Gretel Hallet, is a Trained Chocolate Fairy and is running the Getting Started half day workshop in Norwich - perfect for beginners to experience the core principles of Beyond Chocolate and equally great as a refresher for any Beyond Chocolater. If you live in East Anglia and want to know more about Beyond Chocolate or her workshops, get in touch with Gretel.
As I mentioned in a previous blog post – I recently spent a week in a women's retreat centre learning about meditation (amongst other things). And, as the week progressed, I was struck several times by the way that these meditation practices fitted in so well with my Beyond Chocolate practice.
So this time I'd like to talk about Awareness versus Judgement.
Beyond Chocolate encourages and helps us to become more aware of our own bodies. So many of us acknowledge that we have a body, but that we'd rather not be too aware of it. Somehow we reason that if we become totally aware of our bodies we will be disgusted by them and thrown straight back into the self-torment of dieting and body loathing. It's easier, in fact, to just ignore the fact that we have a body beyond cleaning, clothing and feeding it.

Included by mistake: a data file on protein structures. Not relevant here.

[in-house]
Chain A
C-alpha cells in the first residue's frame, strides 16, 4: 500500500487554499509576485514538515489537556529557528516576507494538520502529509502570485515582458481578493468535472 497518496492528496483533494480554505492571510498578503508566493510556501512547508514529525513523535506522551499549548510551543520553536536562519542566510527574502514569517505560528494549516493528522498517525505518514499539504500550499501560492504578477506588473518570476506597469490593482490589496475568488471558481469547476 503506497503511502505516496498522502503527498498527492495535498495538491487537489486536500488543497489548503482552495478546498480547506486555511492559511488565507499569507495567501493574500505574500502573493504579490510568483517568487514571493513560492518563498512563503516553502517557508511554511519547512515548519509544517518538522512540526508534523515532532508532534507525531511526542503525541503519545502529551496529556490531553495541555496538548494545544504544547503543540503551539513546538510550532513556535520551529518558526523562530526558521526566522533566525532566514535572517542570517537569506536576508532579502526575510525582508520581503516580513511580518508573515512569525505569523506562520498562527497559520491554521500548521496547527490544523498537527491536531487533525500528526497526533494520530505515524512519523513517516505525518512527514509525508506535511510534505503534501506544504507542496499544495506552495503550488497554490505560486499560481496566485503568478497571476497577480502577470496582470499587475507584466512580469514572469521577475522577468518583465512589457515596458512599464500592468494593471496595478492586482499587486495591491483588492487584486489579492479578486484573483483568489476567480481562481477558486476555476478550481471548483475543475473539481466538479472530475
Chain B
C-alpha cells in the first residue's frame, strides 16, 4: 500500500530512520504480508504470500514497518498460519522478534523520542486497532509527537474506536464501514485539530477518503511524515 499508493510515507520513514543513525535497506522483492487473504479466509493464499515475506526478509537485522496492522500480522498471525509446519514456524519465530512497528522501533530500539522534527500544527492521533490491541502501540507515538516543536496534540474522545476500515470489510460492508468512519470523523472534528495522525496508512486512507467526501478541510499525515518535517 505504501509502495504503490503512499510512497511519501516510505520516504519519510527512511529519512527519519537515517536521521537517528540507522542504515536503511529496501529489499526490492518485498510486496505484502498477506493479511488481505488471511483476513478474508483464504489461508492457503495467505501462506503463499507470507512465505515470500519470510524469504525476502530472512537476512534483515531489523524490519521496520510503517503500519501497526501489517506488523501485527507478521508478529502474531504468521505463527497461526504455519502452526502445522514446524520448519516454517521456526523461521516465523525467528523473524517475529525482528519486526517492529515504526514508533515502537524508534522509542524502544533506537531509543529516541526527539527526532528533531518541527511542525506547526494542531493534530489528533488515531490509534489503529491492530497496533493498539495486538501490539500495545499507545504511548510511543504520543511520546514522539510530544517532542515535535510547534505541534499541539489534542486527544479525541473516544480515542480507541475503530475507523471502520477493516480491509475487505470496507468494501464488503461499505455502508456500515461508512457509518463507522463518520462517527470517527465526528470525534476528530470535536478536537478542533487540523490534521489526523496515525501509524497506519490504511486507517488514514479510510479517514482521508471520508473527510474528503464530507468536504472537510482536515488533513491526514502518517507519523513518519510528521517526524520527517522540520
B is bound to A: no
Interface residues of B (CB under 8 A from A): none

With Beyond Chocolate we are gently encouraged to make contact with our bodies and to acknowledge that they are there and that we do need them. Acceptance of our bodies as they are may take longer for some than others, but it's the first necessary step on the road to change – we can't change what we don't own or acknowledge. And, we don't have to like or love our bodies at this stage, but we do need to acknowledge them.
The meditation practice I was learning said the same but in a different context. Be aware of your body and your thoughts and emotions, but don't pass any judgement on them. They are what you have right now, they are what you are working with. Accept and move on.
If you're anything like me, you have a lot of mental chatter too. A lot of emotions, thoughts, feelings that come and go and some that come and seem to stick around for ages. Beyond Chocolate encourages us to notice these and not to judge them. To notice them and then let them gently go or notice them and sit with them, allowing the feelings rather than squashing them down with food.
In both cases, noticing the emotion, acknowledging the thought, working with what we have right now (instead of waiting for a mythical future in which we will be slim and ‘perfect’) is a great place to start from.